First-time buyers have always found it challenging to get that critical initial step on the housing ladder. In a report on the 13th of August 2020, the BBC advanced four reasons why these hopeful buyers in the United Kingdom might find it more difficult than ever:
- with lenders looking for larger deposits, first-time buyers who save 5% of their income for a deposit may need as long as 30 years’ to save enough;
- an estimated half of all 25 to 34-year-olds who are currently renting simply do not have any savings;
- given the lower-valued homes in which first-time buyers will be interested, the stamp duty holiday available until the end of March 2021 is of no relevance; and
- employment prospects may be patchy and require candidates to move to a different part of the country – a steep expense in itself.
In a story dated the 1st of July 2020, therefore, the Financial Times predicted that the “bank of Mum and Dad” would continue to help support the attempts of a first-time homebuyer to reach the first rung of the housing ladder – an estimated total of £5 billion came from this source in 2019.
What are springboard mortgages?
Barclays Bank – and a few other mortgage lenders – have looked to formalise such sources of help provided by parents and other family members to first-time buyers.
It is Barclays who have coined the term springboard mortgage – other lenders have launched similar schemes under such names as a family boost mortgage, family deposit mortgage, or simply family mortgage.
What they have in common is the principle of the savings offered by parents or other family members to be used as additional security on the first-time buyer’s purchase of a home.
Savings typically equivalent to at least 10% of the purchase price of the first home need to be deposited into a special savings account. This provides additional security which helps the first-time buyer secure the necessary mortgage to buy his or her home.
While the family’s savings need to be kept in the special account as security for a minimum five years, after that interval the savings may be withdrawn again – together with the interest that has been earned on those savings.
This is seen as a win-win result both for the first-time buyer who gets to own their own home and the family members who have supported that purchase and earned interest on their savings into the bargain.
Can I get a 0% deposit family springboard mortgage?
Some lenders have expressed such confidence in 0% deposit mortgage arrangements such as this that they will offer a no-deposit family assist mortgage.
For first-time buyers who are finding it next to impossible to raise funds for a deposit, of course, this might be welcome news indeed. They may be able to get on the housing ladder even sooner than they anticipated – and no longer have to rent or live at home.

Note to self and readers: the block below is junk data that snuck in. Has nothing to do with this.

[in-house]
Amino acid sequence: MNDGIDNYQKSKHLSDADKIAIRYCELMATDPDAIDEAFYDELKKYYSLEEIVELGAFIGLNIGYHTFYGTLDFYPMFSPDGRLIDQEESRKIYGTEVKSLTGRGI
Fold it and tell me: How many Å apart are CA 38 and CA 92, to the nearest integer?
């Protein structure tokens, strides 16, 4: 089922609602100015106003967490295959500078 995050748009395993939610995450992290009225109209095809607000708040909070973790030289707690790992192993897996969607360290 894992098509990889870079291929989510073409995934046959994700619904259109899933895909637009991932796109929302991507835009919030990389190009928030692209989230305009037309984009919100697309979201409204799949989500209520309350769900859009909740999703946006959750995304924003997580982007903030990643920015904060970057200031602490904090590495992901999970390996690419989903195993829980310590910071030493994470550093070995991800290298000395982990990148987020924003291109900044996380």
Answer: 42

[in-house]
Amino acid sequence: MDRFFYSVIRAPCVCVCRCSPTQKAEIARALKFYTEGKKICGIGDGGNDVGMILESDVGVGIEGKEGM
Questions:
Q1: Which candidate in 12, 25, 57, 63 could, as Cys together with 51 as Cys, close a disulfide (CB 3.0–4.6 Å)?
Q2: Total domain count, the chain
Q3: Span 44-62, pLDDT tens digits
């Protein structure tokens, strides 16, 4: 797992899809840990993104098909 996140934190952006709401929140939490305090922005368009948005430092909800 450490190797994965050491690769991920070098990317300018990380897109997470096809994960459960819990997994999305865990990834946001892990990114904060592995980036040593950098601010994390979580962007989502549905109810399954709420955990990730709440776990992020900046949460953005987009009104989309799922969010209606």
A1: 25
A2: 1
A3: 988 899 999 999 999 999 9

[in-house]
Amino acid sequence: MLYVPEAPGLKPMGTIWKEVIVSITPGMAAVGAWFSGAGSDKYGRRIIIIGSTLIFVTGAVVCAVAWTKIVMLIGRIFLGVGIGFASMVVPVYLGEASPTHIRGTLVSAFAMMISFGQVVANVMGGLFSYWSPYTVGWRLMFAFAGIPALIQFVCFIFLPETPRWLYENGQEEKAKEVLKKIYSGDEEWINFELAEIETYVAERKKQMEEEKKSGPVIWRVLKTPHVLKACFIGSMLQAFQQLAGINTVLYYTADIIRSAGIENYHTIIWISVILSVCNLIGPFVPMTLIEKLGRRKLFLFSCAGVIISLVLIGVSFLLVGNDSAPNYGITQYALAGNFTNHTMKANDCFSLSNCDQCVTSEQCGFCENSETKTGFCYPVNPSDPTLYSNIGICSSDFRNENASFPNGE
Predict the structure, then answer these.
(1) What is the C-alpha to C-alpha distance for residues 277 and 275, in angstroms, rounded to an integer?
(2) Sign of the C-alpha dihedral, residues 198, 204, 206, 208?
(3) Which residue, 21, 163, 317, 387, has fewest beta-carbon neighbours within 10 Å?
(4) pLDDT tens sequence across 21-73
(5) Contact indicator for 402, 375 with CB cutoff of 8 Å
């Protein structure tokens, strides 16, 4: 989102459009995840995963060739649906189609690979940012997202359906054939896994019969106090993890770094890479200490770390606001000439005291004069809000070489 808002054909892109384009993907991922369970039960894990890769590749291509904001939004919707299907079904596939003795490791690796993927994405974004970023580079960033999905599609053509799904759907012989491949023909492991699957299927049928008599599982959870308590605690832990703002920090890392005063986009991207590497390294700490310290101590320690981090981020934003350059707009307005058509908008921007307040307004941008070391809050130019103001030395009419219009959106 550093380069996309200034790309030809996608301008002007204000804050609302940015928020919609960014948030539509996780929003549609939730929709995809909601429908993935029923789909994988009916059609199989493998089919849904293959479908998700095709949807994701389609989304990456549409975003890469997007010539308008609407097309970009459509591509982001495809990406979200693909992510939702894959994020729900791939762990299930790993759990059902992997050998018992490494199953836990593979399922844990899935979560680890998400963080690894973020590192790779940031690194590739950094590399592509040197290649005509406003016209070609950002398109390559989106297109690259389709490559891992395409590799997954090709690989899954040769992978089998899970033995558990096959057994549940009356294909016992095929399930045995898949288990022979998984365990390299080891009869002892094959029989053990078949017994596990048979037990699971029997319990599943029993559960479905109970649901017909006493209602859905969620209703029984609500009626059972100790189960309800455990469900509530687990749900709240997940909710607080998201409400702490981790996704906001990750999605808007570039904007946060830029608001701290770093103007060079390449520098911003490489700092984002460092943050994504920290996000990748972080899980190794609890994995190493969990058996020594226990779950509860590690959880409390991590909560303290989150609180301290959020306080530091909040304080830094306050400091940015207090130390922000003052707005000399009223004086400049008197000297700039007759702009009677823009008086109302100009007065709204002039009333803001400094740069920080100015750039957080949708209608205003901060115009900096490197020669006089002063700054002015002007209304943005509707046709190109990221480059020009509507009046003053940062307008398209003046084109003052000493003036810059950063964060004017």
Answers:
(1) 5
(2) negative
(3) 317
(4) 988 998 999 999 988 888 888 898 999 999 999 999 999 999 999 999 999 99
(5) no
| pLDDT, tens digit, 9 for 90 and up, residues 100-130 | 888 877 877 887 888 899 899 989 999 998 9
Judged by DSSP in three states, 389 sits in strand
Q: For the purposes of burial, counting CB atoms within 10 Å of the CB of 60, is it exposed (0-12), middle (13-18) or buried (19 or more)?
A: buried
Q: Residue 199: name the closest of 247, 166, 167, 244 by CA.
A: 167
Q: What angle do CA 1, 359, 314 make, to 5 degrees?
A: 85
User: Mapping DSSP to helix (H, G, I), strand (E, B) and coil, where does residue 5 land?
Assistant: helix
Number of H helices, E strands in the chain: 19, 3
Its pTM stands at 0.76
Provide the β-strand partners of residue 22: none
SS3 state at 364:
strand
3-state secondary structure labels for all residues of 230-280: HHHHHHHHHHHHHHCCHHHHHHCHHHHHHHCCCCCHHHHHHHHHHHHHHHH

How much can I borrow on a family springboard mortgage?
While a spring board mortgage helps instil a greater sense of confidence in the lender, an assessment still needs to be made of your ability to repay the monthly mortgage instalments.
How much you can borrow, therefore, remains a question based on your current income and outgoings, whether you have any deposit to offer, the value of the home you want to buy, your credit rating, and other financial circumstances.
Can I get a springboard mortgage with bad credit?
It may go by several different descriptions, but if you have bad credit, adverse credit, or a poor credit record, it means that sometime in the past you have encountered difficulties in managing your debts. Late payments or defaults adversely affect your credit score.
Even if you have that poor record, however, there are certain lenders – including many in our own network of approved lenders – who remain committed to advancing mortgages to you.
If you have bad credit, you might want to discuss the reasons for such a record with your mortgage adviser or broker who can then help to identify those lenders most likely to entertain your application. With that kind of initial assessment by your mortgage adviser, you may avoid further rejection by any potential lender. This rejection will only serve to undermine your credit status still further.
How can I find the most appropriate deal?
As with any mortgage product – and especially one as relatively new as a family springboard mortgage – you might want to consult your mortgage adviser to secure the most appropriate deal for you.